One of the most promising and effective treatments for Chemotherapy-induced alopecia is that of Scalp Cooling or Scalp Hypothermia. The way this method works is by lowering the temperature of the scalp by several degrees. This cooling down is performed on the patient before, during, and after each Chemotherapy session. By doing this, doctors are able to do two things simultaneously. First, the lower temperature significantly constricts the blood vessels in the scalp that nourish the hair follicles. The reduced blood flow means a decrease in the number of cytotoxic agents that come into direct contact with the follicle. Second, the lower temperature efficiently slows down cellular activity; this means that the chemicals in anti-cancer drugs that affect rapidly reproducing cells have a harder time binding to the slowed hair cells.
Patients dealing with cancer diagnosis find the added stress of hair loss one of the most upsetting side effects of the disease. Hair loss is an inescapable reminder of the struggle they now continuously face for an indeterminate amount of time. Hair loss also robs many patients of their privacy; some people feel that chemotherapy balding broadcasts to the world a very private diagnosis. Despite the giant strides that the medical community has had in dealing with the disease itself, it is still struggling to find effective and immediate ways in to resolve chemotherapy-induced hair loss. We must do everything in our power to help our loved ones through this incredibly trying situation so that their sense of identity and well-being is restored.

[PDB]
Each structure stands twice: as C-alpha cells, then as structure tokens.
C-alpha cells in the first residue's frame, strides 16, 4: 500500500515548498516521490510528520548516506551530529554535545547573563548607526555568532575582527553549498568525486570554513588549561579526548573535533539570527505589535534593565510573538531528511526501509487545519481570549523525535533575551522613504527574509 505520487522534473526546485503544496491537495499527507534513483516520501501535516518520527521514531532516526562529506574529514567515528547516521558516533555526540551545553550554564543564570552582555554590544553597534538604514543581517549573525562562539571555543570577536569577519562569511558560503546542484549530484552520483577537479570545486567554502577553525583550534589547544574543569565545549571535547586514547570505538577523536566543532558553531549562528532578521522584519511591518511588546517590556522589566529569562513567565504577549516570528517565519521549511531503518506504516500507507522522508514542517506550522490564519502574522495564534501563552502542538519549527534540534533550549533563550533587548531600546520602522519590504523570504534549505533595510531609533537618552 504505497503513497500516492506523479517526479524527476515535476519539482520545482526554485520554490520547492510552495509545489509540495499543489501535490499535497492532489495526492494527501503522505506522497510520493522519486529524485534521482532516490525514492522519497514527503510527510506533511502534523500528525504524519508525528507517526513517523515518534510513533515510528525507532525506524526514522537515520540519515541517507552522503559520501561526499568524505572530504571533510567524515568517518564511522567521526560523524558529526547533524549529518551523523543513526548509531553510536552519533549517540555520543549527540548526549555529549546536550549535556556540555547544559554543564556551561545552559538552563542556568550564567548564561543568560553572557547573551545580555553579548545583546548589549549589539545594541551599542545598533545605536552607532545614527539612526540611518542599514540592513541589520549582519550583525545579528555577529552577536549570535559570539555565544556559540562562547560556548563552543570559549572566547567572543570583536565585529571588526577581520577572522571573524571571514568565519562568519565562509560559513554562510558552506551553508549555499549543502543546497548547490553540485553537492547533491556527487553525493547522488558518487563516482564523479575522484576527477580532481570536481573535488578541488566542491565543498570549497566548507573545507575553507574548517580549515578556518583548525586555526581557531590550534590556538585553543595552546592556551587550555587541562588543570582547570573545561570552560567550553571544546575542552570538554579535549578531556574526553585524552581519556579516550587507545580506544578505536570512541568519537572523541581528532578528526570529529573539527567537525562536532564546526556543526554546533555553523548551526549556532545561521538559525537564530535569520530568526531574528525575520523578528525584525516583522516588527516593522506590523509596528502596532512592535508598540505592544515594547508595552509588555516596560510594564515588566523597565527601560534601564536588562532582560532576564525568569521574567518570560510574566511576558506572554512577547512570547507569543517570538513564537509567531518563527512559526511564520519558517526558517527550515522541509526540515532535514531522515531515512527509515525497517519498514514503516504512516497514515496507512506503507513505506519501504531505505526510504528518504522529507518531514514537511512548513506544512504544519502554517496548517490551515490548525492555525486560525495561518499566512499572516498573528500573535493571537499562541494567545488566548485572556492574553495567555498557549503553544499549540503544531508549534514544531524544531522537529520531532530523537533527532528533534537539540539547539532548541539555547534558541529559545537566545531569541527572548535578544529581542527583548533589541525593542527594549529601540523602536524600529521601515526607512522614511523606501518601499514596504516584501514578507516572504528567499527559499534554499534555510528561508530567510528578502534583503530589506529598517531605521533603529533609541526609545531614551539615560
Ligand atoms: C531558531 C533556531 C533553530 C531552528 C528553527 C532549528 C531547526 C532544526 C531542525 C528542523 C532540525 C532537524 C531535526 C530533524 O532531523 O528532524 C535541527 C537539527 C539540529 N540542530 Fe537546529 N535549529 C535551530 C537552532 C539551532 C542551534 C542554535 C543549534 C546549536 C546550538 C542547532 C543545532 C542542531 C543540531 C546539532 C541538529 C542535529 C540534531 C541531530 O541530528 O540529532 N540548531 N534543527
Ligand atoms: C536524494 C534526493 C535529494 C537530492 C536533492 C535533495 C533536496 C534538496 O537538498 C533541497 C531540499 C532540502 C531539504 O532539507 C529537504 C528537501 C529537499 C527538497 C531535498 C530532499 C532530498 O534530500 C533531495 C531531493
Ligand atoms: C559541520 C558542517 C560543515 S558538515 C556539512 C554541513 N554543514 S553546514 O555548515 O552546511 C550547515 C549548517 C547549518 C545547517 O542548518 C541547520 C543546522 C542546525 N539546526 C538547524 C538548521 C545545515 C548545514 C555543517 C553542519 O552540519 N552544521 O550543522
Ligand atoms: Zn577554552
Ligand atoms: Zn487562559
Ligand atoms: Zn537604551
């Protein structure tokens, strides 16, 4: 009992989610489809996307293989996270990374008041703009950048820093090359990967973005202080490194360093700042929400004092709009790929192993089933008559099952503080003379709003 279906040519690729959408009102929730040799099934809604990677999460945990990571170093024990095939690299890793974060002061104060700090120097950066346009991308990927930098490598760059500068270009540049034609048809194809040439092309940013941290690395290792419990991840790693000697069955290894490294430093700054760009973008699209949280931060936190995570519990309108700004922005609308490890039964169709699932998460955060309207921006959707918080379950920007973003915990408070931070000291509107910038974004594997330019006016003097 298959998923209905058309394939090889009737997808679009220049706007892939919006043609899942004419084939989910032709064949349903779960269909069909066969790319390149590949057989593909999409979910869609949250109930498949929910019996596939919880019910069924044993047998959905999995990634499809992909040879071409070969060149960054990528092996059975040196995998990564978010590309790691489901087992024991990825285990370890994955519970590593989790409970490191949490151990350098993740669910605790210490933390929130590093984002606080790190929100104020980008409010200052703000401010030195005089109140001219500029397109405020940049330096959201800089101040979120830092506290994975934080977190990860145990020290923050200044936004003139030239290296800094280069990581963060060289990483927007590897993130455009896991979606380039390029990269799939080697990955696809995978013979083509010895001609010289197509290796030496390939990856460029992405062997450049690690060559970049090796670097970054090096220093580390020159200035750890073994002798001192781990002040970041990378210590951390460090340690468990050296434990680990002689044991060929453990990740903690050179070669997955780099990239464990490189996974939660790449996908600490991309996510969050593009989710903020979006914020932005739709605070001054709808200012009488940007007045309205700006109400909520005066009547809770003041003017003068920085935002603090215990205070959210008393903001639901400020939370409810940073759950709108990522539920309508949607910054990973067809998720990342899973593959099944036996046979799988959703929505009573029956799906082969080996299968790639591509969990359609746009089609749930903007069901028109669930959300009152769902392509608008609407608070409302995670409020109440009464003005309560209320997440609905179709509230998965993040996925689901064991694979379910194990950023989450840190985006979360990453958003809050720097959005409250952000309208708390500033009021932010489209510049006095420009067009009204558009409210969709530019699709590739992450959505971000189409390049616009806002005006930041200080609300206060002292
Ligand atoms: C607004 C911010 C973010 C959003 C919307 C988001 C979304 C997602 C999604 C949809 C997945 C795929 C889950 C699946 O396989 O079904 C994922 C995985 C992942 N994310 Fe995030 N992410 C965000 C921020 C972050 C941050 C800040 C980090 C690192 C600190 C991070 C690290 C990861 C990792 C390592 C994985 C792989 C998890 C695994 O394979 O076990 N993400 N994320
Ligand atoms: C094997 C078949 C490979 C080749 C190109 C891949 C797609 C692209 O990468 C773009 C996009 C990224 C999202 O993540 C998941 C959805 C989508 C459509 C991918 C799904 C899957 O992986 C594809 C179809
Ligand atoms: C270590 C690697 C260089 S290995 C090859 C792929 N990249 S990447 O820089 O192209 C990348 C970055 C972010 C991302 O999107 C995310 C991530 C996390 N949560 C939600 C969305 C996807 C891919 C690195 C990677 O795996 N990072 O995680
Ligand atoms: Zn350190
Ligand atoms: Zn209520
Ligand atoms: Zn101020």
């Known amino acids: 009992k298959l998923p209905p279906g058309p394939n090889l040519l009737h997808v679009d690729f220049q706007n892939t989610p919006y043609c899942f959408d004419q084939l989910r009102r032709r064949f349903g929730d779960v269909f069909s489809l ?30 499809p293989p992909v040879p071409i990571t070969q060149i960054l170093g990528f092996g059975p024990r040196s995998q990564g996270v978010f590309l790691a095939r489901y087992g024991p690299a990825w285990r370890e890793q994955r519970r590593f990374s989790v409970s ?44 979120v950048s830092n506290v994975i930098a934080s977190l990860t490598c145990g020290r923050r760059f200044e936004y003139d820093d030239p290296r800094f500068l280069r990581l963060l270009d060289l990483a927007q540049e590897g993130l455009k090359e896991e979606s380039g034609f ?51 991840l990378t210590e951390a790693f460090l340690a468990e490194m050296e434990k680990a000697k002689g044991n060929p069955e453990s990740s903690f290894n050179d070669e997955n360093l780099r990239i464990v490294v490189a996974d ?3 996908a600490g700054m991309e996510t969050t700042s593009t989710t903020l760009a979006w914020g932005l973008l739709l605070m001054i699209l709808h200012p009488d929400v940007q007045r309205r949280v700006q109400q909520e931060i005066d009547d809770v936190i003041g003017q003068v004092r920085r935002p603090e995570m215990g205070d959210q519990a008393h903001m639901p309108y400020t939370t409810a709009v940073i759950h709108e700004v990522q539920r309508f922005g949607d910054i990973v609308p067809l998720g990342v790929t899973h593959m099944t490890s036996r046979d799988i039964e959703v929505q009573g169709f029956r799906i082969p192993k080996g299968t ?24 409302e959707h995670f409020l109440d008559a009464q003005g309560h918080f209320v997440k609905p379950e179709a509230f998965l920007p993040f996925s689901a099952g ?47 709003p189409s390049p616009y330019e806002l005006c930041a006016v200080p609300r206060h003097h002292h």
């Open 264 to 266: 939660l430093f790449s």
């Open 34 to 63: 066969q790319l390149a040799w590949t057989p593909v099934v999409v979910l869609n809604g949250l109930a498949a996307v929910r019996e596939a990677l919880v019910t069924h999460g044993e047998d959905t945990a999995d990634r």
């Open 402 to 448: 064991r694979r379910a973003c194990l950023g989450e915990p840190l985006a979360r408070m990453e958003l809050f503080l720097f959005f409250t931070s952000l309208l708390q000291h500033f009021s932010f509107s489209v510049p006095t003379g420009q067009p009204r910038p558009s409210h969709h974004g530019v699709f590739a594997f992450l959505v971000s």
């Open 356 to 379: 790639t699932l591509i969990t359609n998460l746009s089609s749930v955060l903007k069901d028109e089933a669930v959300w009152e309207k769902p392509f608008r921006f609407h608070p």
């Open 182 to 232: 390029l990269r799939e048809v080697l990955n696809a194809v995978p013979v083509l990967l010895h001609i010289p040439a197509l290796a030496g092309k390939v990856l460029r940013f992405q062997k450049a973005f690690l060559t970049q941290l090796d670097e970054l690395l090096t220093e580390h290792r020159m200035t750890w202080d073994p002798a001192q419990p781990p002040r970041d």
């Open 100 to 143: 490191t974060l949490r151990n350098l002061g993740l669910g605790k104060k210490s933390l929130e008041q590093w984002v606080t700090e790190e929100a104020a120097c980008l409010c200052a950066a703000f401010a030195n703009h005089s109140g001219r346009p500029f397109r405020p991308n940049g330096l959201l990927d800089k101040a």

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- Hesketh, Paul J., et al. “Chemotherapy-induced alopecia: psychosocial impact and therapeutic approaches.” Supportive Care in Cancer8 (2004): 543-549.
- Rosman, Sophia. “Cancer and stigma: experience of patients with chemotherapy-induced alopecia.” Patient education and counseling3 (2004): 333-339.
- Davis, Stephen T., et al. “Prevention of chemotherapy-induced alopecia in rats by CDK inhibitors.” Science5501 (2001): 134-137.
- Dmytriw, Adam A., Wojciech Morzycki, and Peter J. Green. “Prevention of alopecia in medical and interventional chemotherapy patients.” Journal of cutaneous medicine and surgery1 (2015): 11-16.
- Chemotherpay WIKI